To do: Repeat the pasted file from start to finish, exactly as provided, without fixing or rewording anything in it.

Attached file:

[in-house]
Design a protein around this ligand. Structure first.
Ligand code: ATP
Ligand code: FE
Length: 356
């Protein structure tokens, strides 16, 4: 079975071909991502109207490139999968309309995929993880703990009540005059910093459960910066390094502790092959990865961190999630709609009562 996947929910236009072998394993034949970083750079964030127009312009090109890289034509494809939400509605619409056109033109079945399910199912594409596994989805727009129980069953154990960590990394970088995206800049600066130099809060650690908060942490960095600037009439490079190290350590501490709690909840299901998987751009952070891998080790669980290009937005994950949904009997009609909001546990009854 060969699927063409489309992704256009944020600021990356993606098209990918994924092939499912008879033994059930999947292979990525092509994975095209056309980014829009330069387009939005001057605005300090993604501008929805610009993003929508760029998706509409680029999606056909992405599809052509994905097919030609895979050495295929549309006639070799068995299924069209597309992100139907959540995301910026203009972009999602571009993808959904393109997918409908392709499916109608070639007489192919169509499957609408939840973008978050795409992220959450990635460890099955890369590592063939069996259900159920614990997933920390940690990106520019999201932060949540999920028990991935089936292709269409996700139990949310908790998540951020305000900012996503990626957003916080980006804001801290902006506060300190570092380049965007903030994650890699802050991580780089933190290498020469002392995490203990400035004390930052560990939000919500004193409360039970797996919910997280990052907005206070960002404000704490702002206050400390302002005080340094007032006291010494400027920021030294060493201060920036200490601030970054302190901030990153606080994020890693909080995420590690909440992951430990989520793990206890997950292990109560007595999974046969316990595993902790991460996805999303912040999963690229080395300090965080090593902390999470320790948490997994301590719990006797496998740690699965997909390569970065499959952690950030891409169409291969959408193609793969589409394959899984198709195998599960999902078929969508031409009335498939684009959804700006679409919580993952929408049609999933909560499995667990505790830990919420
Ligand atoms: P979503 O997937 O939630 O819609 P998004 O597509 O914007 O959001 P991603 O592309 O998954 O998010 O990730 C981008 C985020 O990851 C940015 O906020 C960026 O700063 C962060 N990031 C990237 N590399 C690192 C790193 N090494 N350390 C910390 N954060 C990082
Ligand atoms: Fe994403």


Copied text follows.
[in-house]
Design a protein around this ligand. Structure first.
Ligand code: ATP
Ligand code: FE
Length: 356
């Protein structure tokens, strides 16, 4: 079975071909991502109207490139999968309309995929993880703990009540005059910093459960910066390094502790092959990865961190999630709609009562 996947929910236009072998394993034949970083750079964030127009312009090109890289034509494809939400509605619409056109033109079945399910199912594409596994989805727009129980069953154990960590990394970088995206800049600066130099809060650690908060942490960095600037009439490079190290350590501490709690909840299901998987751009952070891998080790669980290009937005994950949904009997009609909001546990009854 060969699927063409489309992704256009944020600021990356993606098209990918994924092939499912008879033994059930999947292979990525092509994975095209056309980014829009330069387009939005001057605005300090993604501008929805610009993003929508760029998706509409680029999606056909992405599809052509994905097919030609895979050495295929549309006639070799068995299924069209597309992100139907959540995301910026203009972009999602571009993808959904393109997918409908392709499916109608070639007489192919169509499957609408939840973008978050795409992220959450990635460890099955890369590592063939069996259900159920614990997933920390940690990106520019999201932060949540999920028990991935089936292709269409996700139990949310908790998540951020305000900012996503990626957003916080980006804001801290902006506060300190570092380049965007903030994650890699802050991580780089933190290498020469002392995490203990400035004390930052560990939000919500004193409360039970797996919910997280990052907005206070960002404000704490702002206050400390302002005080340094007032006291010494400027920021030294060493201060920036200490601030970054302190901030990153606080994020890693909080995420590690909440992951430990989520793990206890997950292990109560007595999974046969316990595993902790991460996805999303912040999963690229080395300090965080090593902390999470320790948490997994301590719990006797496998740690699965997909390569970065499959952690950030891409169409291969959408193609793969589409394959899984198709195998599960999902078929969508031409009335498939684009959804700006679409919580993952929408049609999933909560499995667990505790830990919420
Ligand atoms: P979503 O997937 O939630 O819609 P998004 O597509 O914007 O959001 P991603 O592309 O998954 O998010 O990730 C981008 C985020 O990851 C940015 O906020 C960026 O700063 C962060 N990031 C990237 N590399 C690192 C790193 N090494 N350390 C910390 N954060 C990082
Ligand atoms: Fe994403």